Red, White, and Brew

Where to see beer being brewed—and sample it for free

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eer has always been an ingredient of Boston’s history. The Pilgrims settled here because “our victuals were spent, especially our beere,” and many a pre-Revolutionary War protest was plotted in a tavern. By the early 1900s, there were 22 breweries in Jamaica Plain, more per capita than in any other U.S. city. And there’s still one working brewery in JP with free daily tours. On a back street of Jamaica Plain, the Samuel Adams Brewery gives visitors a unique, behind-the-scenes tour of the brewing process from beginning to end. You can taste the malts and smell the hops. But the best part is the tasting room, where you can try free samples and test experimental brews. Tours fill up fast, and reservations are not accepted, so get there early, especially on the weekends. Vitale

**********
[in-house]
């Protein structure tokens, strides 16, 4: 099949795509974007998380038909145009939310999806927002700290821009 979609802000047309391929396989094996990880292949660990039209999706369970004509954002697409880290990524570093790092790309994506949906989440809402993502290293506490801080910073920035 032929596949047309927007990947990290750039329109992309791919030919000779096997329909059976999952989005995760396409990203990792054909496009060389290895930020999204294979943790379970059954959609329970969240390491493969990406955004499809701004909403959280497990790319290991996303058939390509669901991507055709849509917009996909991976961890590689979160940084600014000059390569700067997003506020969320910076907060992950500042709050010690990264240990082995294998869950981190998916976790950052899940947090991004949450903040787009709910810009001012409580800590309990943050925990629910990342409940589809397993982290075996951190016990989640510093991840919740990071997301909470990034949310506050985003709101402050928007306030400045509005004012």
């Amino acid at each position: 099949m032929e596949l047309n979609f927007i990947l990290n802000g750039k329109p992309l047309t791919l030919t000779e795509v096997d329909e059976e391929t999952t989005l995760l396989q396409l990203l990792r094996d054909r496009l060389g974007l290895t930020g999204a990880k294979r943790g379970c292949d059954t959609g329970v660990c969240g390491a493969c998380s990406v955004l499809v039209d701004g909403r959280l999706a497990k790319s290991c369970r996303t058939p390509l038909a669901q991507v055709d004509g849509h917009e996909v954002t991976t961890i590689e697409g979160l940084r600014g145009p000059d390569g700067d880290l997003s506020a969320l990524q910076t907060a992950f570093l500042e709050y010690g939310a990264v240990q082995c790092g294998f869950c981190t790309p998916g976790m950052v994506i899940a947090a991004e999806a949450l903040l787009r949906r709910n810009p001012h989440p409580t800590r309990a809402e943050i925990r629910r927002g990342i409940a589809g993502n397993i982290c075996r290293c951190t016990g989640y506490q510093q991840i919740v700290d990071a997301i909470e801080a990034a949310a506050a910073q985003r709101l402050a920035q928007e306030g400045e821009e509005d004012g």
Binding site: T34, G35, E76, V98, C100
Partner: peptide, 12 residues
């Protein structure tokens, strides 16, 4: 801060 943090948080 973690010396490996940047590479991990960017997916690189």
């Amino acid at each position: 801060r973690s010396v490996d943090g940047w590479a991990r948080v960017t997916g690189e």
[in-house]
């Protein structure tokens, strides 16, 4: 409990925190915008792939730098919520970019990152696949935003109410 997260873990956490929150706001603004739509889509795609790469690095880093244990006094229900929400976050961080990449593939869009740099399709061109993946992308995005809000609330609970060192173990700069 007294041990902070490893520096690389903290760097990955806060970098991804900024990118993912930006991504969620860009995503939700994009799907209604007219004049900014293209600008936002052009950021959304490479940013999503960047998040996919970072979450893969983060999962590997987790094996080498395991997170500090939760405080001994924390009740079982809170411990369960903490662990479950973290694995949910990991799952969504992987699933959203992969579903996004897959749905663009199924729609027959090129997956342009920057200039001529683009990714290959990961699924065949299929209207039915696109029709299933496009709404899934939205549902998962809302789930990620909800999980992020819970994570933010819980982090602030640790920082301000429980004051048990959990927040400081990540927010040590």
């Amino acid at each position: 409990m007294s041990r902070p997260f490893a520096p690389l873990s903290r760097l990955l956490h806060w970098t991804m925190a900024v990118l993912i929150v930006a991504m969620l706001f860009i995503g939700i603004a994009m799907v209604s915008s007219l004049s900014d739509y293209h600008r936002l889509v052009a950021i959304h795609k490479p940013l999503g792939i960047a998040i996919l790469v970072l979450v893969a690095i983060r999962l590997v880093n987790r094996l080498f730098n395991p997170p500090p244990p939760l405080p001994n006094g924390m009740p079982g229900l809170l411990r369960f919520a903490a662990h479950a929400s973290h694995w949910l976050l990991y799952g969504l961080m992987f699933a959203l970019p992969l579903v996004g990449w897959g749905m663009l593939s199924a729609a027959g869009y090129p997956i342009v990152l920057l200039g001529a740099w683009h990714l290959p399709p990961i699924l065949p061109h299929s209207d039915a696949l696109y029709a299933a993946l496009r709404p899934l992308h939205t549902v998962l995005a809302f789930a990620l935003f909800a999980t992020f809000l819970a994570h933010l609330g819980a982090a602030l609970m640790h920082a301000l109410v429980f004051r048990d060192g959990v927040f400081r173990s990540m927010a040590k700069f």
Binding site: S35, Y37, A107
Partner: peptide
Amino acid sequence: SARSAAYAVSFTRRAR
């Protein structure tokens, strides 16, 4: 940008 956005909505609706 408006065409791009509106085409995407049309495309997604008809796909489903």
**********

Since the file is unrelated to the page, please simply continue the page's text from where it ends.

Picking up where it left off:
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Sam Adams inherited his father’s malt house after graduating from Harvard, but the business quickly folded. Here’s another secret: The guy on the label is actually Paul Revere. Adams was too ugly.

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